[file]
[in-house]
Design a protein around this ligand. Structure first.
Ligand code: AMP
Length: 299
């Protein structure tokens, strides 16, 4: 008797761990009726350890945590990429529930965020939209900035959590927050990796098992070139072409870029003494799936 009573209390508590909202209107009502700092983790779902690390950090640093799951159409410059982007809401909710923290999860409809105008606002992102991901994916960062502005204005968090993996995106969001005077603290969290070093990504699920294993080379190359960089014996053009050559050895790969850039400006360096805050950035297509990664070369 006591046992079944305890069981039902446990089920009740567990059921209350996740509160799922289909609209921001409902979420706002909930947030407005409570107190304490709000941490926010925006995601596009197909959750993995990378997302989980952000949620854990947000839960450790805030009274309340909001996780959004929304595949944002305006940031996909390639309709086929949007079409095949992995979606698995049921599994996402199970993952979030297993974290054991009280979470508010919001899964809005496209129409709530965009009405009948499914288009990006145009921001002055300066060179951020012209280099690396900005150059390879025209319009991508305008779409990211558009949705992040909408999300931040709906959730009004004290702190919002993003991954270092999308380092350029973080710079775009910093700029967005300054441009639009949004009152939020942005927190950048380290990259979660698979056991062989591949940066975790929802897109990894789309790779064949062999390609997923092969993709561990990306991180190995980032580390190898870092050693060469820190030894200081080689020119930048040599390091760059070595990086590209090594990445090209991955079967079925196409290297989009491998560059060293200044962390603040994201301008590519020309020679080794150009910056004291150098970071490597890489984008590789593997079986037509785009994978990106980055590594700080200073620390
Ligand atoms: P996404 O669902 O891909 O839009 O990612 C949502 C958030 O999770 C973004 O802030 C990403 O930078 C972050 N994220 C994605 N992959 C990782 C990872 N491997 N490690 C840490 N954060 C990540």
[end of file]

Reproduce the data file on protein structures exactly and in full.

[in-house]
Design a protein around this ligand. Structure first.
Ligand code: AMP
Length: 299
């Protein structure tokens, strides 16, 4: 008797761990009726350890945590990429529930965020939209900035959590927050990796098992070139072409870029003494799936 009573209390508590909202209107009502700092983790779902690390950090640093799951159409410059982007809401909710923290999860409809105008606002992102991901994916960062502005204005968090993996995106969001005077603290969290070093990504699920294993080379190359960089014996053009050559050895790969850039400006360096805050950035297509990664070369 006591046992079944305890069981039902446990089920009740567990059921209350996740509160799922289909609209921001409902979420706002909930947030407005409570107190304490709000941490926010925006995601596009197909959750993995990378997302989980952000949620854990947000839960450790805030009274309340909001996780959004929304595949944002305006940031996909390639309709086929949007079409095949992995979606698995049921599994996402199970993952979030297993974290054991009280979470508010919001899964809005496209129409709530965009009405009948499914288009990006145009921001002055300066060179951020012209280099690396900005150059390879025209319009991508305008779409990211558009949705992040909408999300931040709906959730009004004290702190919002993003991954270092999308380092350029973080710079775009910093700029967005300054441009639009949004009152939020942005927190950048380290990259979660698979056991062989591949940066975790929802897109990894789309790779064949062999390609997923092969993709561990990306991180190995980032580390190898870092050693060469820190030894200081080689020119930048040599390091760059070595990086590209090594990445090209991955079967079925196409290297989009491998560059060293200044962390603040994201301008590519020309020679080794150009910056004291150098970071490597890489984008590789593997079986037509785009994978990106980055590594700080200073620390
Ligand atoms: P996404 O669902 O891909 O839009 O990612 C949502 C958030 O999770 C973004 O802030 C990403 O930078 C972050 N994220 C994605 N992959 C990782 C990872 N491997 N490690 C840490 N954060 C990540």